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DEAR HERR VON WEIZSACKER: I have the honor to transmit to you as an enclosure a copy of the memorandum (1) which gives the content and course of my interview with Herr Molotov on May 20. I have also included the memorandum with my report.
The Reich Minister directed me to maintain extreme caution in my conference with Molotov. As a result I contented myself with saying as little as possible and took this attitude all the more because the attitude of Herr Molotov seemed to me quite suspicious [recht verdachtig]. It cannot be understood otherwise than that the resumption of our economic negotiations does not satisfy him as a political gesture, and that he apparently wants to obtain from us more extensive proposals of a political nature. We must be extremely cautious in this field as long as it is not certain that possible proposals from our side will not be used by the Kremlin only to exert pressure on England and France. On the other hand, if we want to accomplish something here, it is unavoidable that we sooner or later take some action.
It is extraordinarily difficult here to learn anything at all about the course of the English-French-Soviet negotiations. My British colleague, who apparently is the only one who is active in that connection here (he was being announced to Herr Potemkin when I was visiting the latter), preserves an iron silence. Even neutral diplomats have not been able to learn anything.
My French colleague has been away for some time. The Counselor of Embassy and Charge in the last few days asked us for a transit visa, so that it seems that he also is going to leave Moscow soon. If the reports are correct that France will now take over the negotiations in the matter of the French-British-Soviet "alliance," these negotiations may well take place not here but in Paris.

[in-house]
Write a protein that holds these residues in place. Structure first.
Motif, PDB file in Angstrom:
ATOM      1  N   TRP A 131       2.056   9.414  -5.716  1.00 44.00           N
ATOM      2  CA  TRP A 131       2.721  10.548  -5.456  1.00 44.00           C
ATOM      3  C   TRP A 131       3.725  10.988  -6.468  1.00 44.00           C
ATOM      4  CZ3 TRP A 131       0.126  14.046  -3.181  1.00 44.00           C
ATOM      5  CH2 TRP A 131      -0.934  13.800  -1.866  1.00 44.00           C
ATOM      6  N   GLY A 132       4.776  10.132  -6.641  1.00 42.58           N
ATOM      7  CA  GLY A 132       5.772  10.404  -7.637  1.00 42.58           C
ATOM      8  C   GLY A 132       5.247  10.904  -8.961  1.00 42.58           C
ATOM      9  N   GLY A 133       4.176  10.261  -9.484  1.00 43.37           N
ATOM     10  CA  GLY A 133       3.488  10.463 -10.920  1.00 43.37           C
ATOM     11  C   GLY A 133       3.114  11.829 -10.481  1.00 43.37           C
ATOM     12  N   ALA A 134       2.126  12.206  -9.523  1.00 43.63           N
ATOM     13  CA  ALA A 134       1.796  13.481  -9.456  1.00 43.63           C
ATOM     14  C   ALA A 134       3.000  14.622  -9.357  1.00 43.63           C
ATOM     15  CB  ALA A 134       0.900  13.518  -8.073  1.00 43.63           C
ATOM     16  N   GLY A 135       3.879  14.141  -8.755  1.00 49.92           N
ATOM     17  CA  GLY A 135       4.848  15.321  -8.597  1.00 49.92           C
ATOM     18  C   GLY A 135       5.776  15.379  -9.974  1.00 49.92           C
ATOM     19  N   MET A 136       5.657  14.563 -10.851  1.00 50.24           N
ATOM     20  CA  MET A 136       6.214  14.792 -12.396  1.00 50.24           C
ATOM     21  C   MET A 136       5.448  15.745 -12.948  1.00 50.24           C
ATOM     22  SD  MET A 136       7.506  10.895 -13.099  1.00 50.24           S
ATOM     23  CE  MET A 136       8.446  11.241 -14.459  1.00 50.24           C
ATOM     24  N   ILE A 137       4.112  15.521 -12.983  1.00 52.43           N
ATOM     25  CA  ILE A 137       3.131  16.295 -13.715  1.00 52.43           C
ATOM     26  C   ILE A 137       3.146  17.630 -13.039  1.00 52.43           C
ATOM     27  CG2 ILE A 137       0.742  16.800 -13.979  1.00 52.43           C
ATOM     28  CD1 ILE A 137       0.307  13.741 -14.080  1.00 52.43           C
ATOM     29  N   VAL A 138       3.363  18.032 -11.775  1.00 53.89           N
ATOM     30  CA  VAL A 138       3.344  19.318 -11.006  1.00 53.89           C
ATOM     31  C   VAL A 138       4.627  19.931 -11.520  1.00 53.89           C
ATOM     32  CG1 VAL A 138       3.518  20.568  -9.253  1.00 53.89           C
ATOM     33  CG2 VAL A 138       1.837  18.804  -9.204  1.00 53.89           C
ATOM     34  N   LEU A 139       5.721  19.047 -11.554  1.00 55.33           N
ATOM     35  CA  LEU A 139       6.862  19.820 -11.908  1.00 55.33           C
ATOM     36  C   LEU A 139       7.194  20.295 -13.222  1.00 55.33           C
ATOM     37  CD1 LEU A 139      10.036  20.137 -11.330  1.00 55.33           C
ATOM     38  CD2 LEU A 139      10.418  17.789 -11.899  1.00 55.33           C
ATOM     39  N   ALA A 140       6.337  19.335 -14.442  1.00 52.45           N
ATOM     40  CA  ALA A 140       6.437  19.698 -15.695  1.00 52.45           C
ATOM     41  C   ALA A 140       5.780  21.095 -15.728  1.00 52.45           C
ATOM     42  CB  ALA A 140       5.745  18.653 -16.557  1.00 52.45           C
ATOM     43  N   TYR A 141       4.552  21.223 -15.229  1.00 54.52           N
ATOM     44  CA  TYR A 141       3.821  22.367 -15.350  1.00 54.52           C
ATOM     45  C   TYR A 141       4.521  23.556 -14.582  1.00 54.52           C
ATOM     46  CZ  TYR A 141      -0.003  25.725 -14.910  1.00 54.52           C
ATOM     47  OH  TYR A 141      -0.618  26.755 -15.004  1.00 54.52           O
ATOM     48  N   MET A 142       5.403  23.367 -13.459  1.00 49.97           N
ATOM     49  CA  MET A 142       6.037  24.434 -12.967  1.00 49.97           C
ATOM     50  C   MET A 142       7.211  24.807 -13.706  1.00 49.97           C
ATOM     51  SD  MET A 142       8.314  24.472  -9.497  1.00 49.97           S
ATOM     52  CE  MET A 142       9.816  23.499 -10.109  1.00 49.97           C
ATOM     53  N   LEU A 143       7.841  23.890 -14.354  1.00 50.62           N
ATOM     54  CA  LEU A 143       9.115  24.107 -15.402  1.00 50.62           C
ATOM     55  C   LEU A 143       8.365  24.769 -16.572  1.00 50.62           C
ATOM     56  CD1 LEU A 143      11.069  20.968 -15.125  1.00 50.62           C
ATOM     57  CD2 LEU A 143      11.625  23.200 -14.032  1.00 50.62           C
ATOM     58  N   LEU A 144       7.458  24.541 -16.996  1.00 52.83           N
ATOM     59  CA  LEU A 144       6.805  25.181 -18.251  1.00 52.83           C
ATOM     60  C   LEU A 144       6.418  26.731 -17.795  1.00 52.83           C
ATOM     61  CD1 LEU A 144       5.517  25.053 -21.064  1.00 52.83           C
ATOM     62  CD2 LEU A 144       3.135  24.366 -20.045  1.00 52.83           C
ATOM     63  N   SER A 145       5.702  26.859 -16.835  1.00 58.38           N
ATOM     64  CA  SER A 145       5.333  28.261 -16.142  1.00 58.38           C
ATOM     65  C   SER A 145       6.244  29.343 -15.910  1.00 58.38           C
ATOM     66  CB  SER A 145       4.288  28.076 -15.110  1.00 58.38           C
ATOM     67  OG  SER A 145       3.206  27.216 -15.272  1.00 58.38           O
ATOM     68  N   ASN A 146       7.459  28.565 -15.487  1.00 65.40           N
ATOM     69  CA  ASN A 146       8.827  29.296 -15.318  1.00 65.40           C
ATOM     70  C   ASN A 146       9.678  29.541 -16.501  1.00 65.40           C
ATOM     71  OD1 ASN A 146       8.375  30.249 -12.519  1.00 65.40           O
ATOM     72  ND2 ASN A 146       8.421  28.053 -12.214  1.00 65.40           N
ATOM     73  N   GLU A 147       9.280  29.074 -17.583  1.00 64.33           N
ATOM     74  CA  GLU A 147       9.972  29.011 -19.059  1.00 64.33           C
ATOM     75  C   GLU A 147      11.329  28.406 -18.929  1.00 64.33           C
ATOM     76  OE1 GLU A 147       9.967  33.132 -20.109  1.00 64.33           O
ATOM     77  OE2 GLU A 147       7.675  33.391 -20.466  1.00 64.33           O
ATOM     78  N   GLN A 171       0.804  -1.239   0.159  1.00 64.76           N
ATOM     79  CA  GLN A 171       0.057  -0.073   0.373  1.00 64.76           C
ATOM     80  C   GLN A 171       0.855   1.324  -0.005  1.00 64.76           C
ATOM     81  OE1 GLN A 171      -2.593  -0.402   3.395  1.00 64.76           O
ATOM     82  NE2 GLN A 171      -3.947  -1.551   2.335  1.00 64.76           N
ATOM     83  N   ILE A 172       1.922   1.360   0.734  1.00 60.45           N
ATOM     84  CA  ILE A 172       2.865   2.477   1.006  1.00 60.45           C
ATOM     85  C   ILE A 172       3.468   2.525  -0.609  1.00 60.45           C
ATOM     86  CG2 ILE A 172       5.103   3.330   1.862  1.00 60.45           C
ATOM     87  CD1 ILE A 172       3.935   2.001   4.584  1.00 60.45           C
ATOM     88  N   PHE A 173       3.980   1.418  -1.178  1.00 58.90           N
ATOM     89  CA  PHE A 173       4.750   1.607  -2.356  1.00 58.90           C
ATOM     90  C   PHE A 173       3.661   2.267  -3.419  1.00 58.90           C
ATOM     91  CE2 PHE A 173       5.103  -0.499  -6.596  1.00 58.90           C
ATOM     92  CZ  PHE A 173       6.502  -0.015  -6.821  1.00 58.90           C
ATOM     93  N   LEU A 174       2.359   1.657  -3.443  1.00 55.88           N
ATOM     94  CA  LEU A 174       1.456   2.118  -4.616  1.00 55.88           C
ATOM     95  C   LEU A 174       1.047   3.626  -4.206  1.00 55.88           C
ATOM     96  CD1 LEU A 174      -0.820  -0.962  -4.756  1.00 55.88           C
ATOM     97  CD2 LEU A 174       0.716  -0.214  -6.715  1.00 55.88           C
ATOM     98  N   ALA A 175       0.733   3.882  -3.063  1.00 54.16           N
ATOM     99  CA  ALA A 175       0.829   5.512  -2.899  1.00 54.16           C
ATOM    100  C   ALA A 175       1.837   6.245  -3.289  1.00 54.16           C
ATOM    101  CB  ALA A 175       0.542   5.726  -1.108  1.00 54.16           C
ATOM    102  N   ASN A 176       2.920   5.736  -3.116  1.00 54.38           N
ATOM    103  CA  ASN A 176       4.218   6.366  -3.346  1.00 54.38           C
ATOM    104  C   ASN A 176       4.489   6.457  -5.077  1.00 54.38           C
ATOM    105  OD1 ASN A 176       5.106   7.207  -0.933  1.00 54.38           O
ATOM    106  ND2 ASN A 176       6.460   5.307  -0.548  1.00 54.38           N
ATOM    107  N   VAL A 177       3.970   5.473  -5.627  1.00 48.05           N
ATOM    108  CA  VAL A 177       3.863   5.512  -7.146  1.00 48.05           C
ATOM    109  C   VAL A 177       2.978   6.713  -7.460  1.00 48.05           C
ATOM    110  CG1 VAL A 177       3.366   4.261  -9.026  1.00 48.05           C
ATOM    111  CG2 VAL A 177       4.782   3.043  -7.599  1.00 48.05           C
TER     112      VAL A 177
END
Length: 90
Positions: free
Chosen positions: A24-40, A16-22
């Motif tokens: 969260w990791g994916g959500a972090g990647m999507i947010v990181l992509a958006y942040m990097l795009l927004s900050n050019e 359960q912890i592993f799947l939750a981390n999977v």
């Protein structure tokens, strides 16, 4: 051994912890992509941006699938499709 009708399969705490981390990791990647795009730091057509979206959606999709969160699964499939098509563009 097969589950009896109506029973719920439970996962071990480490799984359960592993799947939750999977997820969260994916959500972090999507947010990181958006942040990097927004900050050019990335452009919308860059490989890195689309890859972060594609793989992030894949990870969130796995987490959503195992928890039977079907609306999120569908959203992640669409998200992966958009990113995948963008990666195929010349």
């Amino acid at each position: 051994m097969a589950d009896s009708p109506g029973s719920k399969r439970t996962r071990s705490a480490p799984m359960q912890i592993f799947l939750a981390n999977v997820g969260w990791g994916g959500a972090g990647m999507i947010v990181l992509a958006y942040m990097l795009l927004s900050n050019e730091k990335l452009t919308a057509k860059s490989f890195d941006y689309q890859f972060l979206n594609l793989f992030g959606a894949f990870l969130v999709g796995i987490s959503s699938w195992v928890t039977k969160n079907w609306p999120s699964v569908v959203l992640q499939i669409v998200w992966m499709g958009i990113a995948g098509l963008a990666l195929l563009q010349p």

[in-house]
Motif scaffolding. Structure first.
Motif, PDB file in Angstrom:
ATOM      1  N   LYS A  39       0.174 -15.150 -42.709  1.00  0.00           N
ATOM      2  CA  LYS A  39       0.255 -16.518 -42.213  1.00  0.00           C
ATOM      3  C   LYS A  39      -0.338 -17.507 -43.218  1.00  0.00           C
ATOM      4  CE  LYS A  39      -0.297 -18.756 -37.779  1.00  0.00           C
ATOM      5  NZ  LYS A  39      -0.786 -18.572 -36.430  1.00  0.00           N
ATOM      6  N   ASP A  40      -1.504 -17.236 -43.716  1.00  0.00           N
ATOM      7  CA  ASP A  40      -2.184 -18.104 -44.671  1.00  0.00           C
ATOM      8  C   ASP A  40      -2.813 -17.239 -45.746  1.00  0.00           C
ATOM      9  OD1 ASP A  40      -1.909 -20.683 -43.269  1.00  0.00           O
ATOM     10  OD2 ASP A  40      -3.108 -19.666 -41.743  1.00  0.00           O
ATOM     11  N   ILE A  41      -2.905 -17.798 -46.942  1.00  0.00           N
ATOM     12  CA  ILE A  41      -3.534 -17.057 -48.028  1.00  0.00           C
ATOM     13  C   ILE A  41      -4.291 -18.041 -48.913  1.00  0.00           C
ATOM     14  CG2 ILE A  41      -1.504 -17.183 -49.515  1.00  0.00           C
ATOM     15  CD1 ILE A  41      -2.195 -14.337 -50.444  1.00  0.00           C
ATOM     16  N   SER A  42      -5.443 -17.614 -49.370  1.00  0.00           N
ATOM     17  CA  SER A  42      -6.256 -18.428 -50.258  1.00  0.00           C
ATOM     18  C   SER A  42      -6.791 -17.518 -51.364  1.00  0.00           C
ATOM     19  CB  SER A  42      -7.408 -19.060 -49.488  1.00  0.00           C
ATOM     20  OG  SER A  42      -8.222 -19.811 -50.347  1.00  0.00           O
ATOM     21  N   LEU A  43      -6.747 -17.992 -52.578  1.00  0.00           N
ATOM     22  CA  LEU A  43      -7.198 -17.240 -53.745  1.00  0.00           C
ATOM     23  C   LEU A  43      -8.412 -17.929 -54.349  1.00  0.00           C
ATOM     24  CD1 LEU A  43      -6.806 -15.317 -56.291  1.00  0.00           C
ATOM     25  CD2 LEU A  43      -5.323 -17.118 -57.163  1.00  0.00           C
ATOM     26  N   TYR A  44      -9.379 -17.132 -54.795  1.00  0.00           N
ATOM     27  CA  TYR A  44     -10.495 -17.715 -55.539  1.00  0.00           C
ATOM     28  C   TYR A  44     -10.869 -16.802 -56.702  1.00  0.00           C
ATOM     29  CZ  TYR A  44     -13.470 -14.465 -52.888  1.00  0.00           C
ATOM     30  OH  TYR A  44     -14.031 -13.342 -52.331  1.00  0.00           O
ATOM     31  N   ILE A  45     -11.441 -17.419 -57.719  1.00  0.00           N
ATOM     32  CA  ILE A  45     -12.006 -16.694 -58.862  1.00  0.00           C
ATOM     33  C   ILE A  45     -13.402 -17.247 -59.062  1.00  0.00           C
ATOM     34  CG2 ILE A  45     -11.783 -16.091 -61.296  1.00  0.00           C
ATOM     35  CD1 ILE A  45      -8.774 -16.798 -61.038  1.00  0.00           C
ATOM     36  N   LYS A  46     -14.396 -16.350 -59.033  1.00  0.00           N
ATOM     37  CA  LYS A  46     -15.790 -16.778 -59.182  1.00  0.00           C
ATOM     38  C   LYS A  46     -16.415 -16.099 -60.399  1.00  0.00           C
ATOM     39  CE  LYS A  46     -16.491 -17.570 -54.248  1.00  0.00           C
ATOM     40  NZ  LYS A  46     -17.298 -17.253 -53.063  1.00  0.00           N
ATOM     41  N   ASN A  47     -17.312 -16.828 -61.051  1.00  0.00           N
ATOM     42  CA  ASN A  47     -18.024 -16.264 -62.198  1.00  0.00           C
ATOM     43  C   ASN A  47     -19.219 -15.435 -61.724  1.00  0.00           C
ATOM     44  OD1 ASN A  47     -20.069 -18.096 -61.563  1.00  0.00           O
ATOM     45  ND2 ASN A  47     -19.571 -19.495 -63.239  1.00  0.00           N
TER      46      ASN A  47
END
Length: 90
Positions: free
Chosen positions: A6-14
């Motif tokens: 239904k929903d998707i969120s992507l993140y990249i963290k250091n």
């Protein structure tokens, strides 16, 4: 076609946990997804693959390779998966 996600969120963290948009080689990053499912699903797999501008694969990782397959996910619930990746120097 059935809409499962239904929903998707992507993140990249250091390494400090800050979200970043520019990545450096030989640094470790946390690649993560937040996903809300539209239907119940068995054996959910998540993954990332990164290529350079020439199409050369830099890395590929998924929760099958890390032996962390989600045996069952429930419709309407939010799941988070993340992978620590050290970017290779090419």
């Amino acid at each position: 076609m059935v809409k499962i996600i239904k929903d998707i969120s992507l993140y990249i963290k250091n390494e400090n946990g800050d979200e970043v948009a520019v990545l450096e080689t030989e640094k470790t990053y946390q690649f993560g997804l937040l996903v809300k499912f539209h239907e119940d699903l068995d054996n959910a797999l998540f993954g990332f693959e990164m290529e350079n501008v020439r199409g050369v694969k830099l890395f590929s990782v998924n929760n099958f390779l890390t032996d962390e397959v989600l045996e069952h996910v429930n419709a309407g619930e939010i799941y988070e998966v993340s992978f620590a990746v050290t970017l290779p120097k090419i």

My Italian colleague is of the opinion that the Soviet Union will surrender her freedom of negotiation only if England and France give her a full treaty of alliance.
It is often stated here (I do not know whether it is correct) that one of the principal reasons for the hesitation of England in accepting the Soviet proposals for a military alliance is the question of Japan. London is afraid of driving the Japanese into our arms if she guarantees the defense of all Soviet frontiers. If Japan should come into our arms voluntarily, this consideration for England should be eliminated.
With best greetings and Heil Hitler, I am, Herr von Weizsacker, yours very respectfully,